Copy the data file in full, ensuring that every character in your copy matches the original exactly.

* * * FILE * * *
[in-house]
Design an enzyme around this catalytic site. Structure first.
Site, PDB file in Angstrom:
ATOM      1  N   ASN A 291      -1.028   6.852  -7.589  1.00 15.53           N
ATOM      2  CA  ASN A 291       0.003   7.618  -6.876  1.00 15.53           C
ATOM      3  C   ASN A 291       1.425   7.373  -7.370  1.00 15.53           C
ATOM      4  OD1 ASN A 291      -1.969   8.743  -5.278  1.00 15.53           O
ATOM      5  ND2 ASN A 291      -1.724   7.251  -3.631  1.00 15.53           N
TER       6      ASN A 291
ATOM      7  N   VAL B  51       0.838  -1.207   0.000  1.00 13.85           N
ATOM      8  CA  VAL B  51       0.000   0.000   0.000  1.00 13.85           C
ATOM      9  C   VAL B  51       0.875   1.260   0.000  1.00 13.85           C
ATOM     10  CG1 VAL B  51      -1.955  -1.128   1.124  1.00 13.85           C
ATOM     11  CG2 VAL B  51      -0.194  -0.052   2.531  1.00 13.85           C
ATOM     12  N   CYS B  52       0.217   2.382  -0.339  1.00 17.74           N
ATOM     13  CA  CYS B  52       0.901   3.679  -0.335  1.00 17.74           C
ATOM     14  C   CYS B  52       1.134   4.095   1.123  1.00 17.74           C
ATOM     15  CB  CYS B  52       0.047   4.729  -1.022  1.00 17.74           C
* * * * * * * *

[in-house]
Design an enzyme around this catalytic site. Structure first.
Site, PDB file in Angstrom:
ATOM      1  N   ASN A 291      -1.028   6.852  -7.589  1.00 15.53           N
ATOM      2  CA  ASN A 291       0.003   7.618  -6.876  1.00 15.53           C
ATOM      3  C   ASN A 291       1.425   7.373  -7.370  1.00 15.53           C
ATOM      4  OD1 ASN A 291      -1.969   8.743  -5.278  1.00 15.53           O
ATOM      5  ND2 ASN A 291      -1.724   7.251  -3.631  1.00 15.53           N
TER       6      ASN A 291
ATOM      7  N   VAL B  51       0.838  -1.207   0.000  1.00 13.85           N
ATOM      8  CA  VAL B  51       0.000   0.000   0.000  1.00 13.85           C
ATOM      9  C   VAL B  51       0.875   1.260   0.000  1.00 13.85           C
ATOM     10  CG1 VAL B  51      -1.955  -1.128   1.124  1.00 13.85           C
ATOM     11  CG2 VAL B  51      -0.194  -0.052   2.531  1.00 13.85           C
ATOM     12  N   CYS B  52       0.217   2.382  -0.339  1.00 17.74           N
ATOM     13  CA  CYS B  52       0.901   3.679  -0.335  1.00 17.74           C
ATOM     14  C   CYS B  52       1.134   4.095   1.123  1.00 17.74           C
ATOM     15  CB  CYS B  52       0.047   4.729  -1.022  1.00 17.74           C